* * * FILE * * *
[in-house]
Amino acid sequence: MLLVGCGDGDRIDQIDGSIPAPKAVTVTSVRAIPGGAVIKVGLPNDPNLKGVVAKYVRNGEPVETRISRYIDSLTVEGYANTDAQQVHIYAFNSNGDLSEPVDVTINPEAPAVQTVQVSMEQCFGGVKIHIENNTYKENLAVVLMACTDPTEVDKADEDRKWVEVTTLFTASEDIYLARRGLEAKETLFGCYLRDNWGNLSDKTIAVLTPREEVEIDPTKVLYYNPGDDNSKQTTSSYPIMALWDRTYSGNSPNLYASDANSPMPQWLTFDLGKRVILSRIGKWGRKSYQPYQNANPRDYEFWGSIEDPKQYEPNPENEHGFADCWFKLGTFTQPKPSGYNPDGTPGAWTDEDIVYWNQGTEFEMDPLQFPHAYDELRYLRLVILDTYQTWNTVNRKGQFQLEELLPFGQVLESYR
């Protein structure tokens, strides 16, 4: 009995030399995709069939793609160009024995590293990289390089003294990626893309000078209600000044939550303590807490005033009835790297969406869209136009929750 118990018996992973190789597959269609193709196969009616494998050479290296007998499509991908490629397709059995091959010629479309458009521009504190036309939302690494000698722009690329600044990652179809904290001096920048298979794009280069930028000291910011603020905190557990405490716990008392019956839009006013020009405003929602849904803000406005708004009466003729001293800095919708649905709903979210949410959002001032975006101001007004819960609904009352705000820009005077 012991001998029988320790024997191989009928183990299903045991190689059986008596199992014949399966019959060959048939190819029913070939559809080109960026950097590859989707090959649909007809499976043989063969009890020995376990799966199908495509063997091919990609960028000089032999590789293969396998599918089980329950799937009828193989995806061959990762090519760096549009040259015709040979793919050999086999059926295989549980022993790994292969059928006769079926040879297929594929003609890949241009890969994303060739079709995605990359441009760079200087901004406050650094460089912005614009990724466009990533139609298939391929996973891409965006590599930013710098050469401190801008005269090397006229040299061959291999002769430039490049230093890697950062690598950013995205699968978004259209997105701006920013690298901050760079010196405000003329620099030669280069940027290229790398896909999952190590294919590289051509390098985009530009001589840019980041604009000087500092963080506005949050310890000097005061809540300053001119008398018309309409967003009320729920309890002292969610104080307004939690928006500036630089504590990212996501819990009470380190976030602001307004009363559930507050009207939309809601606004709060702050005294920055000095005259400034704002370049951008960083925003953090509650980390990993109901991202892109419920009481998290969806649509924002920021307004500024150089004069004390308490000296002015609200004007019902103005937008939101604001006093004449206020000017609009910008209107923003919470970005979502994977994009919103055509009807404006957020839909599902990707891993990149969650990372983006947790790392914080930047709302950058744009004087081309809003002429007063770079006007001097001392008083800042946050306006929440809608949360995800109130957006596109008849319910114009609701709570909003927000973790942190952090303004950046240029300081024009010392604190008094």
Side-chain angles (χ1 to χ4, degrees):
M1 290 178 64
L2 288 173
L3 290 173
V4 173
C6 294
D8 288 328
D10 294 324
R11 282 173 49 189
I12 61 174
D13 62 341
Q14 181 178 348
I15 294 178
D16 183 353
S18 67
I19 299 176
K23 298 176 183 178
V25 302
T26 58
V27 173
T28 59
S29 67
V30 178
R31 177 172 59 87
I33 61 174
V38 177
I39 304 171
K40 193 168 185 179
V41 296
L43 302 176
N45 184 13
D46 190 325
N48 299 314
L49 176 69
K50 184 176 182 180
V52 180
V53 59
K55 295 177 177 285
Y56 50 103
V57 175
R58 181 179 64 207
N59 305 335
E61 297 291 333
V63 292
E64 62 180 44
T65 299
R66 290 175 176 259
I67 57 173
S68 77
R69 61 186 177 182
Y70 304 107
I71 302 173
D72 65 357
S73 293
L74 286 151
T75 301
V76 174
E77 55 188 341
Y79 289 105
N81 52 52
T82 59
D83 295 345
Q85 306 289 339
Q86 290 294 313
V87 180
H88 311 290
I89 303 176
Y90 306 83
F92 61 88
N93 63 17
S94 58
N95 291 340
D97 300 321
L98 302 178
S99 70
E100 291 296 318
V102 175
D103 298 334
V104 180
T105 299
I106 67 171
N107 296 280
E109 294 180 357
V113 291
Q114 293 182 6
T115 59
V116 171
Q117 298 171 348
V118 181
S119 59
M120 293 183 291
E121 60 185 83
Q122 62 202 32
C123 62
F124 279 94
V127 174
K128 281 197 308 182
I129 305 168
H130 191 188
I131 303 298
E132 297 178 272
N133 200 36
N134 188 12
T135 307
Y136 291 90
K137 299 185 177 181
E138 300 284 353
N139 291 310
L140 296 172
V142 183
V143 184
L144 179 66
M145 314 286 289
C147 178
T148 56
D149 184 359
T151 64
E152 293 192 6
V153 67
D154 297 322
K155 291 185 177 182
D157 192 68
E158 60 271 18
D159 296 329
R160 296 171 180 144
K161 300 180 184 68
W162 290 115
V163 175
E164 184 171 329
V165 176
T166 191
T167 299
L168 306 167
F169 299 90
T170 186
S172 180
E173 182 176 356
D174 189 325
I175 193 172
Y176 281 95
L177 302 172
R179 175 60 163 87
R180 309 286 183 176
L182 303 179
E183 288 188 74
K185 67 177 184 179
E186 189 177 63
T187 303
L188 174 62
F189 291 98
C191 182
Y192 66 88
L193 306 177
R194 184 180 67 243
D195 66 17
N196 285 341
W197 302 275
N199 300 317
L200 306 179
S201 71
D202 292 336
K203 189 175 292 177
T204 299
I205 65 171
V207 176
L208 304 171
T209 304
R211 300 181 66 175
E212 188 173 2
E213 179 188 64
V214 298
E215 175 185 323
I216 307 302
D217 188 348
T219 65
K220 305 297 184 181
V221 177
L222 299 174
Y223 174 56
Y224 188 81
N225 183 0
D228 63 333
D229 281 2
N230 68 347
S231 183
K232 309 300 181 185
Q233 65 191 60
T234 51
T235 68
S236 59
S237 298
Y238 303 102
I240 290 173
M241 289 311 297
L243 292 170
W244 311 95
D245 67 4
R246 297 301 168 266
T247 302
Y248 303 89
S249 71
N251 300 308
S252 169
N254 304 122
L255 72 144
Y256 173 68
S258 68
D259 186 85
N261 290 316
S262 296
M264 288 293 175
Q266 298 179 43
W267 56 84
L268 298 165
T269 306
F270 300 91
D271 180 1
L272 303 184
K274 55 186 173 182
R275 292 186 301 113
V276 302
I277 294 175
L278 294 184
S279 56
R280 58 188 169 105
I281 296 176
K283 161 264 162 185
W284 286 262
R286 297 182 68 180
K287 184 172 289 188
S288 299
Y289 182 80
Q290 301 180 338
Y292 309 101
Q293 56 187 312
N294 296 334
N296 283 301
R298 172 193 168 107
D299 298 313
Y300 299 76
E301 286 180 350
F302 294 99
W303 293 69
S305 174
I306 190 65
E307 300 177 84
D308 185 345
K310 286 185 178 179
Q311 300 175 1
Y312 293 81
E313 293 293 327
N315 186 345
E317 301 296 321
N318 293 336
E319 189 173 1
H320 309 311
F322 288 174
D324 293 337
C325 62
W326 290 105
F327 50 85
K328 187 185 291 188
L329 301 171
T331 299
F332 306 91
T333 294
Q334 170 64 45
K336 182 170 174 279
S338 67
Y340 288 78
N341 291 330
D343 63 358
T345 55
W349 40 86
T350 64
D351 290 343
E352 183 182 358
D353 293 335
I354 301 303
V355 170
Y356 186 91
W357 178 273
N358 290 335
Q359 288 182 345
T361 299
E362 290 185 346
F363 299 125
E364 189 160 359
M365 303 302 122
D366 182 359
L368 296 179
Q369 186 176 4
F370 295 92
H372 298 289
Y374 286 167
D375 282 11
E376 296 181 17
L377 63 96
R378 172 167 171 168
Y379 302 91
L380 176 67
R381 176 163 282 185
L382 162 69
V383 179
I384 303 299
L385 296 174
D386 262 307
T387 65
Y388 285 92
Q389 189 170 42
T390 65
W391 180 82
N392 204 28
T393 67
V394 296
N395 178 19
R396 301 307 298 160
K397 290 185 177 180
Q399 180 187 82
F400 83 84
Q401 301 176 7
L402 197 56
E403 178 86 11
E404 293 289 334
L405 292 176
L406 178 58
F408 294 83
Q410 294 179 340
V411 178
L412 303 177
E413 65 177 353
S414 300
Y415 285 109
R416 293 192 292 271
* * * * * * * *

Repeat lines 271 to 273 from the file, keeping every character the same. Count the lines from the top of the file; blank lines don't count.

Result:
K336 182 170 174 279
S338 67
Y340 288 78